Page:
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akbarnama 6 days ago | hide | past | web | favorite



Hacker News never fails to throw up a diverse array of essays and articles. Thank you to the poster of this.


As much as I appreciate what she's saying, I feel like she's trying to combat the Orientalism/othering. Once the damage is done, it's hard to come right out and say "these people are one of us after all" and expect to be taken seriously.

Mistreatment of the Canadian First Nations and American Indians is one thing; they are our neighbors, and either we inhabit the same land or we stole their land. The story is similar for Asians, Blacks, and Latinos.

But at some point you have to accept that humans are tribal and are only really motivated to care about their own people. Case in point:

‘Never mind foreign aid,’ we read in the Daily Mail. ‘What about national aid?’ ‘Why,’ a Telegraph editorial demanded, ‘should British taxpayers continue to pay for flood defences abroad when the money is needed here?’ I don’t know – maybe because Britain invented the coal-burning steam engine and has been burning fossil fuels on an industrial scale longer than any nation on Earth? But I digress.

Huh? Is this a form of reparations? I mean, great -- reparations are certainly in order. But to deny people their desire to take care of their own? That's a great way to lose people, and have none of them rally to your cause.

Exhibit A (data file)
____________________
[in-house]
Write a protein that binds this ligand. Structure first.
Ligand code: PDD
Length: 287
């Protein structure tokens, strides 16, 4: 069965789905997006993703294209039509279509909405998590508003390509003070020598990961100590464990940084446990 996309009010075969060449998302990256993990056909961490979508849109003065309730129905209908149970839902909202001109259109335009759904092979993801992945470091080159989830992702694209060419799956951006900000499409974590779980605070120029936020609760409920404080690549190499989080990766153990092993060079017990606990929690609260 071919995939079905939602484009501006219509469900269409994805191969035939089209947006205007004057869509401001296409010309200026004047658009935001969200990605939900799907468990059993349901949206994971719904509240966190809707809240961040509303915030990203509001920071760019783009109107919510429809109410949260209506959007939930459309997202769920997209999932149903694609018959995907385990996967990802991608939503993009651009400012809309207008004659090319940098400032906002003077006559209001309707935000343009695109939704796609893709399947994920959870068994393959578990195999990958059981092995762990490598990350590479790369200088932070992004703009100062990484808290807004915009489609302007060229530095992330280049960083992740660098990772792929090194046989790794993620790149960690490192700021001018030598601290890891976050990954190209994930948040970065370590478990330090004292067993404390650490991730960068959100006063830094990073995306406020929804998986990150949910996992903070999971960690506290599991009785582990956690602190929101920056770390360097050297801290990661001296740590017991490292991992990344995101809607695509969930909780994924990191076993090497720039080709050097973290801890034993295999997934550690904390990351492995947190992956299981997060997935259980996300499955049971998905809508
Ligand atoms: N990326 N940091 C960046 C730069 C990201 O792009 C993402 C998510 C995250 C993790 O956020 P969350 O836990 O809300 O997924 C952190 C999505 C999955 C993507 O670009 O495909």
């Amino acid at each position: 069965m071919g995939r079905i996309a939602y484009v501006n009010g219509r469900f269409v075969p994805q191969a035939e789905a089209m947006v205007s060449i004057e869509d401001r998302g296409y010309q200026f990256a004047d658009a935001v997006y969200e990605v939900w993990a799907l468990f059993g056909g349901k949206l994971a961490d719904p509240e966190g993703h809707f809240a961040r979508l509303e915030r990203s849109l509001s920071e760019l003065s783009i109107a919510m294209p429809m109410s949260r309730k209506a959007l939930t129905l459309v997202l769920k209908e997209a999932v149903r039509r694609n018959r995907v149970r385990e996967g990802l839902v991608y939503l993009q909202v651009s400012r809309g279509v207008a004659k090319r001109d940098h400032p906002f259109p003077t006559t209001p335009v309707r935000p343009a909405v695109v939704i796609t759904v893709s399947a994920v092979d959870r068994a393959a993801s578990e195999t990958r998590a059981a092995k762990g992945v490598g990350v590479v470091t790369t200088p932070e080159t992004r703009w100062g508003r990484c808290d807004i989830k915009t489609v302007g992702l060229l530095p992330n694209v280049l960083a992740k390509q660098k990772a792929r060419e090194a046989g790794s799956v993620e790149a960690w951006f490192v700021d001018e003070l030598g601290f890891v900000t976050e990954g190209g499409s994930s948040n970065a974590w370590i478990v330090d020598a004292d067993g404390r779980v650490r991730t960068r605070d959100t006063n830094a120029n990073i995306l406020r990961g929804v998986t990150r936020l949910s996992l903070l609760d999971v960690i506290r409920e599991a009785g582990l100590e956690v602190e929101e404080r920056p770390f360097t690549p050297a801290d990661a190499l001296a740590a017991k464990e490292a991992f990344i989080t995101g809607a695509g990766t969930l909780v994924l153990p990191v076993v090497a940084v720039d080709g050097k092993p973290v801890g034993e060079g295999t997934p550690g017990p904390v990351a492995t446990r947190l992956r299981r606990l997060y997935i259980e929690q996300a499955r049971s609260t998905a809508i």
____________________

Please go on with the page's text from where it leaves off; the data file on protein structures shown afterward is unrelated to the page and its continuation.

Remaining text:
To suggest that people ought to start thinking otherwise is to suggest dismantling the entire nation-state system. That's not gonna happen. Your fellow national citizens always come first. You can certainly get people to care about foreigners, exploitation abroad, etc. But you aren't going to convince many people to make sacrifices for said foreigners.

When it comes to the refugee crisis, you have to acknowledge that people are afraid. They ultimately want law and order; they want to maintain their standard of living (maybe they are already struggling and are very loss-averse); they want opportunities for their children. If you are going to convince people to start taking on refugees en masse, you will have to convince them that they, their families, and their livelihoods will be safe.

That said, there was a lot of interesting and enlightening content here. I always dismissed Klein in the past (I read about 10 pages of The Shock Doctrine in college and that was enough for me), but maybr I'll go back and see what else she's written.


> When it comes to the refugee crisis, you have to acknowledge that people are afraid.

I would say they are also made afraid, and the people who push for stuff like cutting social welfare to be able to cut taxes for the rich. I'm simplifying, but the people who are afraid of refugees have more in common with those refugees than with the "1%" of their own country. It's not resources are allocated sanely as is, or as if these people aren't threatened either way, refugees or not.

> But at some point you have to accept that humans are tribal

True, but even Charles Darwin was looking forward to "our sympathies becoming more tender and more widely diffused, until they are extended to all sentient beings". Not that I disagree with you, specifically, I don't think that just taking on refugees really solves the problem.

But I think it's also okay to simply tell people what you see, not so much what they would prefer to hear. They want a good future for their children, they need to also consider the children murdered by the war profiteers they let act, that derive most of their power and all their legitimation from them. Otherwise, they are correct to be afraid, since once the declared that might is right, that looking the other way is okay, they now have to be in constant war and if they cease for just one second, someone else might do to them what they do to others.